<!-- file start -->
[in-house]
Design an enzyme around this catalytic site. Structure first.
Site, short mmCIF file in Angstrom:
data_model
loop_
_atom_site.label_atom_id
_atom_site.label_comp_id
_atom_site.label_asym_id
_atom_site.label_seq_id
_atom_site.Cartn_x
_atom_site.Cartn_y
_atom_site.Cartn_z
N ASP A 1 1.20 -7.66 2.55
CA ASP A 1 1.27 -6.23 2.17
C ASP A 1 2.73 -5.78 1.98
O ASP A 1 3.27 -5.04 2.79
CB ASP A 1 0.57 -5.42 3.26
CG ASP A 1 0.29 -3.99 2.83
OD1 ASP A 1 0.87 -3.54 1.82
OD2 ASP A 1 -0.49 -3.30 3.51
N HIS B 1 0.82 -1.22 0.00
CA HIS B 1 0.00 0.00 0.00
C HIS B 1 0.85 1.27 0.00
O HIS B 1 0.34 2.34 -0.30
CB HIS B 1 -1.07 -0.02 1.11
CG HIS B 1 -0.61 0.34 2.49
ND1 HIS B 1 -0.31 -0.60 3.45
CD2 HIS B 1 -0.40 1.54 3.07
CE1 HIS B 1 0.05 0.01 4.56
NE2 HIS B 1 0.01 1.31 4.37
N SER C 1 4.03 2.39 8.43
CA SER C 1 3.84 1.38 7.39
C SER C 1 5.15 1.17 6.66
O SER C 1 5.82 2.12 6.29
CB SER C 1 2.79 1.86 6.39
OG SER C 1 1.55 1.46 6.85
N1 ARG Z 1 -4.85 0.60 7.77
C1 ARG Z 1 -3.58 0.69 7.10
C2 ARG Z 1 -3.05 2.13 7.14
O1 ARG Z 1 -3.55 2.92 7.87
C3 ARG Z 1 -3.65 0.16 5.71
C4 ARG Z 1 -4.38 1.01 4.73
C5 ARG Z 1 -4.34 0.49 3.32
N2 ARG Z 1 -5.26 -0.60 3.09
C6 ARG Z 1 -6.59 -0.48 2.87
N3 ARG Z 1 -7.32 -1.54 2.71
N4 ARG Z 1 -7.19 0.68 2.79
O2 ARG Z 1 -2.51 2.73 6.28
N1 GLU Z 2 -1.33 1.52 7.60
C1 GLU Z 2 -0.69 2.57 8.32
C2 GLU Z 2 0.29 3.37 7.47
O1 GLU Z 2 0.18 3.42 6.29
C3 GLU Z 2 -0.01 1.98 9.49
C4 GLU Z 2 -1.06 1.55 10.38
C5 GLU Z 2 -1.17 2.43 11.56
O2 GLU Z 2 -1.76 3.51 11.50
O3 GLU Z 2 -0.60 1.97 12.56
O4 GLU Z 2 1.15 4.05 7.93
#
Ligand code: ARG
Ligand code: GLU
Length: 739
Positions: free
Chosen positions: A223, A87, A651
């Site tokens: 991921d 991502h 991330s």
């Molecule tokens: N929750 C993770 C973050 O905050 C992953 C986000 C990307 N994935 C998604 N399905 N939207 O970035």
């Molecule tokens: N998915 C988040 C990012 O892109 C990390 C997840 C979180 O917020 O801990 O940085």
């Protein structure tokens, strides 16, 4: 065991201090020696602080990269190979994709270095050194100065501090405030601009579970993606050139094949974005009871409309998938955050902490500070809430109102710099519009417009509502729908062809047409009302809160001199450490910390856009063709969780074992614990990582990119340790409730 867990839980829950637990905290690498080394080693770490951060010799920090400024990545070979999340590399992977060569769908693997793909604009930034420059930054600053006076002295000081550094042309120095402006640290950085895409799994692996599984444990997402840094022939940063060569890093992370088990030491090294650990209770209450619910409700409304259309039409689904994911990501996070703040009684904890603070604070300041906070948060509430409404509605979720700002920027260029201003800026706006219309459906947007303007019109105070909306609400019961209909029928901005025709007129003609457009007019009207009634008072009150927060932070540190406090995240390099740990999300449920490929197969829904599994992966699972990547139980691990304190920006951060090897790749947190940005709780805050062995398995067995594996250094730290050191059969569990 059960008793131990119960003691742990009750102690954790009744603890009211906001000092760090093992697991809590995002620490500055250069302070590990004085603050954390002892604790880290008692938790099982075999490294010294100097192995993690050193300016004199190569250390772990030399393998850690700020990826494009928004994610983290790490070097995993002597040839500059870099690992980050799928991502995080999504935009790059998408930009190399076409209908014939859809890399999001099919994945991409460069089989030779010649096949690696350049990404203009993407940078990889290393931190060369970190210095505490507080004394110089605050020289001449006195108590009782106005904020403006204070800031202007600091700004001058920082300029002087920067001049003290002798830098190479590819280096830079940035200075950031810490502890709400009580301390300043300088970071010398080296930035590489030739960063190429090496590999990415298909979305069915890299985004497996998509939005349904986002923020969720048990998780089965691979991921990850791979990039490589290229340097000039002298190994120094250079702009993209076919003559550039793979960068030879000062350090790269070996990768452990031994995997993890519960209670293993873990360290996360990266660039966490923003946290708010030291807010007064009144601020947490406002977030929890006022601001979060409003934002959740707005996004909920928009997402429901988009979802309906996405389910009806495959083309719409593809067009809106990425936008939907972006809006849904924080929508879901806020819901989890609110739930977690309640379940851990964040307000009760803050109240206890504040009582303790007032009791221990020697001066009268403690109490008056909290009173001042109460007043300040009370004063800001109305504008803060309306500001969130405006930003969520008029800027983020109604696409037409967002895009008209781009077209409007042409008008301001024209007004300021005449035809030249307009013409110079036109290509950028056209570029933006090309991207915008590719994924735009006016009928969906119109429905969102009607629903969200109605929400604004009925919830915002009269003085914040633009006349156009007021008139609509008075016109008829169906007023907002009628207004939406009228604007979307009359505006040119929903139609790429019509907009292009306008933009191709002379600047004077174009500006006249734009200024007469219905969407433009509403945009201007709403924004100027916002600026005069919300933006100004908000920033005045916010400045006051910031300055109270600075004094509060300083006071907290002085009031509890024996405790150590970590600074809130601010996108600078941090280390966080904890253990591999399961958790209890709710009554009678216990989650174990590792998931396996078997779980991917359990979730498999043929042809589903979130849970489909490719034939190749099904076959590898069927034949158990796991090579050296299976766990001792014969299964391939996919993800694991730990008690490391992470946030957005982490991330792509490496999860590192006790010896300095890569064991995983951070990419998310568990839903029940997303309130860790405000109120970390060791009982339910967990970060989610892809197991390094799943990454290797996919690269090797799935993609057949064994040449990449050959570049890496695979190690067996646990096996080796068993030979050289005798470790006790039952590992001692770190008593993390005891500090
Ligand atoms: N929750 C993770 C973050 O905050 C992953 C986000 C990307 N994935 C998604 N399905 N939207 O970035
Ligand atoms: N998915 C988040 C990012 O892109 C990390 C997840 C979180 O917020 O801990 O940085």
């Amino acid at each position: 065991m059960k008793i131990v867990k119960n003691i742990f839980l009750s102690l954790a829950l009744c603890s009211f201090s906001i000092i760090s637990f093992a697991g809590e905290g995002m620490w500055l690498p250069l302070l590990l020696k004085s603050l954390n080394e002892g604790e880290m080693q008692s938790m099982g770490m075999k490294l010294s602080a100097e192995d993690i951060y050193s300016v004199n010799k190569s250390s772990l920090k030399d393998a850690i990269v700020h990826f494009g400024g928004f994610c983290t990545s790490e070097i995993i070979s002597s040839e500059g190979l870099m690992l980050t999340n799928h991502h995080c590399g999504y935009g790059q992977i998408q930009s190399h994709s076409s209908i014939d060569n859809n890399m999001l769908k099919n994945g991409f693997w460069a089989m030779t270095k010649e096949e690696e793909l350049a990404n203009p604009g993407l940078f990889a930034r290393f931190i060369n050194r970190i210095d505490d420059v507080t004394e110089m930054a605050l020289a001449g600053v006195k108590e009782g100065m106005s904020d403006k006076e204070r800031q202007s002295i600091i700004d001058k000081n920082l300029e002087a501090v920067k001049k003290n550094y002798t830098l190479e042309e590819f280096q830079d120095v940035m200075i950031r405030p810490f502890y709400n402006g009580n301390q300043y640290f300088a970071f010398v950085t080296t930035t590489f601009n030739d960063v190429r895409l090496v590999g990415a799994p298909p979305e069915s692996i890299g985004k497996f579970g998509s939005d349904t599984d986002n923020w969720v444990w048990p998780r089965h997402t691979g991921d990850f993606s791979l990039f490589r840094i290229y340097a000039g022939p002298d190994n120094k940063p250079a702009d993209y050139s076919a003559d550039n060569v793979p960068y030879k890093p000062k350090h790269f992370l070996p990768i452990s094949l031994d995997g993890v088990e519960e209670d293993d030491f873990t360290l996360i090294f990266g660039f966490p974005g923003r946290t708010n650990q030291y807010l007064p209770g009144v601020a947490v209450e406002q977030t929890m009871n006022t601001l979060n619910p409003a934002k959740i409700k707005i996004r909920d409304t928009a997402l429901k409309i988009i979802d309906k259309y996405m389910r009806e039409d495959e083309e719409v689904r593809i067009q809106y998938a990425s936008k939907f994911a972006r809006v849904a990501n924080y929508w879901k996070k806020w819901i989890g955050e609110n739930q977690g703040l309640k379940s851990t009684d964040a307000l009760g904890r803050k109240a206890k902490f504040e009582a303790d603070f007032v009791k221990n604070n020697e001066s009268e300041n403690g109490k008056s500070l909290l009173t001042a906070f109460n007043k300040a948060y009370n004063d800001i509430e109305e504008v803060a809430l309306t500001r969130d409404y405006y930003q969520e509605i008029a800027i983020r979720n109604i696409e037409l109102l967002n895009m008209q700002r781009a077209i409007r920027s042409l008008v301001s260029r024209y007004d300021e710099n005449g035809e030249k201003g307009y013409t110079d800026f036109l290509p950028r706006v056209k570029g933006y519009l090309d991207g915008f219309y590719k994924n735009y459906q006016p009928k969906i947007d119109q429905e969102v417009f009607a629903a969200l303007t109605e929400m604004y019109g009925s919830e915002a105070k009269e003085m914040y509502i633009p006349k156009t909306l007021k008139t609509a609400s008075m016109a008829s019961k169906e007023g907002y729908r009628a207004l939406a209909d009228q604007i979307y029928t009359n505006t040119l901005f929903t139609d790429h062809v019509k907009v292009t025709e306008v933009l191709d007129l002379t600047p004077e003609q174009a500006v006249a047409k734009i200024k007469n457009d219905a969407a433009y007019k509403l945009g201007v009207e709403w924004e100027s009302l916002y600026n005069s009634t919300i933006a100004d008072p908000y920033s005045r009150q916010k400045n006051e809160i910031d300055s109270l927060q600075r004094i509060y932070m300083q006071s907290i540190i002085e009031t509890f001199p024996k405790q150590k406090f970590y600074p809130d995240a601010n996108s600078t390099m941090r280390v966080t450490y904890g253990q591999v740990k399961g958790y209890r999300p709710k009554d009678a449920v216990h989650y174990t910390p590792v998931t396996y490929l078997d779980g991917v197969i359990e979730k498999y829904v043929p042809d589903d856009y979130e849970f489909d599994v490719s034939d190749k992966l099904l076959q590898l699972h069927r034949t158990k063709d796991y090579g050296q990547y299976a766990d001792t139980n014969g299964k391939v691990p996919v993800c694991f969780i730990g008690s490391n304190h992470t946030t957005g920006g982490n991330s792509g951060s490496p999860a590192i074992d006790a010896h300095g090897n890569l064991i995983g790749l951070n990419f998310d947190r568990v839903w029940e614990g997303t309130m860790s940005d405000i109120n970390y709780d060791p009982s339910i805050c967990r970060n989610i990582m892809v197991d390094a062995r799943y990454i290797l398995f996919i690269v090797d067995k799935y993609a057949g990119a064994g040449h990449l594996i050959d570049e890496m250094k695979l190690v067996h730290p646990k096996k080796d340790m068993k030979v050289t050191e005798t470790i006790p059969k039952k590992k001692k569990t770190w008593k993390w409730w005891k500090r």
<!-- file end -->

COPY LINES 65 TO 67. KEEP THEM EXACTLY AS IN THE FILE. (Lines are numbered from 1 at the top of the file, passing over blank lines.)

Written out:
């Site tokens: 991921d 991502h 991330s």
């Molecule tokens: N929750 C993770 C973050 O905050 C992953 C986000 C990307 N994935 C998604 N399905 N939207 O970035």
């Molecule tokens: N998915 C988040 C990012 O892109 C990390 C997840 C979180 O917020 O801990 O940085």